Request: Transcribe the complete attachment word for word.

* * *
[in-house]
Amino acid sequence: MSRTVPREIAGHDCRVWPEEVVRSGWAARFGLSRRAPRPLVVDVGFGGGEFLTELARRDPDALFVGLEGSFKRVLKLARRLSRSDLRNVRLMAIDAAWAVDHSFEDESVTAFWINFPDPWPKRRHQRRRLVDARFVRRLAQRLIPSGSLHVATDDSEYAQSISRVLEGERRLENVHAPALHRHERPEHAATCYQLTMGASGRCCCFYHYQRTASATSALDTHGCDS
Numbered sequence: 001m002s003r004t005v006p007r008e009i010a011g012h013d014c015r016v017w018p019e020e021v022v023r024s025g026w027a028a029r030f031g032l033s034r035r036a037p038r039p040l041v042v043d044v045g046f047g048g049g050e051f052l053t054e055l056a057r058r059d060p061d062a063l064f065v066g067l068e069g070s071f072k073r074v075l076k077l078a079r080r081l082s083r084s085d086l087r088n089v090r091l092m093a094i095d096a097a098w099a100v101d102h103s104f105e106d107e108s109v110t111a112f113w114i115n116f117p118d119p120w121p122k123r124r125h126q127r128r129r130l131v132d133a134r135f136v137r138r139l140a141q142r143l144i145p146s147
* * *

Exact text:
[in-house]
Amino acid sequence: MSRTVPREIAGHDCRVWPEEVVRSGWAARFGLSRRAPRPLVVDVGFGGGEFLTELARRDPDALFVGLEGSFKRVLKLARRLSRSDLRNVRLMAIDAAWAVDHSFEDESVTAFWINFPDPWPKRRHQRRRLVDARFVRRLAQRLIPSGSLHVATDDSEYAQSISRVLEGERRLENVHAPALHRHERPEHAATCYQLTMGASGRCCCFYHYQRTASATSALDTHGCDS
Numbered sequence: 001m002s003r004t005v006p007r008e009i010a011g012h013d014c015r016v017w018p019e020e021v022v023r024s025g026w027a028a029r030f031g032l033s034r035r036a037p038r039p040l041v042v043d044v045g046f047g048g049g050e051f052l053t054e055l056a057r058r059d060p061d062a063l064f065v066g067l068e069g070s071f072k073r074v075l076k077l078a079r080r081l082s083r084s085d086l087r088n089v090r091l092m093a094i095d096a097a098w099a100v101d102h103s104f105e106d107e108s109v110t111a112f113w114i115n116f117p118d119p120w121p122k123r124r125h126q127r128r129r130l131v132d133a134r135f136v137r138r139l140a141q142r143l144i145p146s147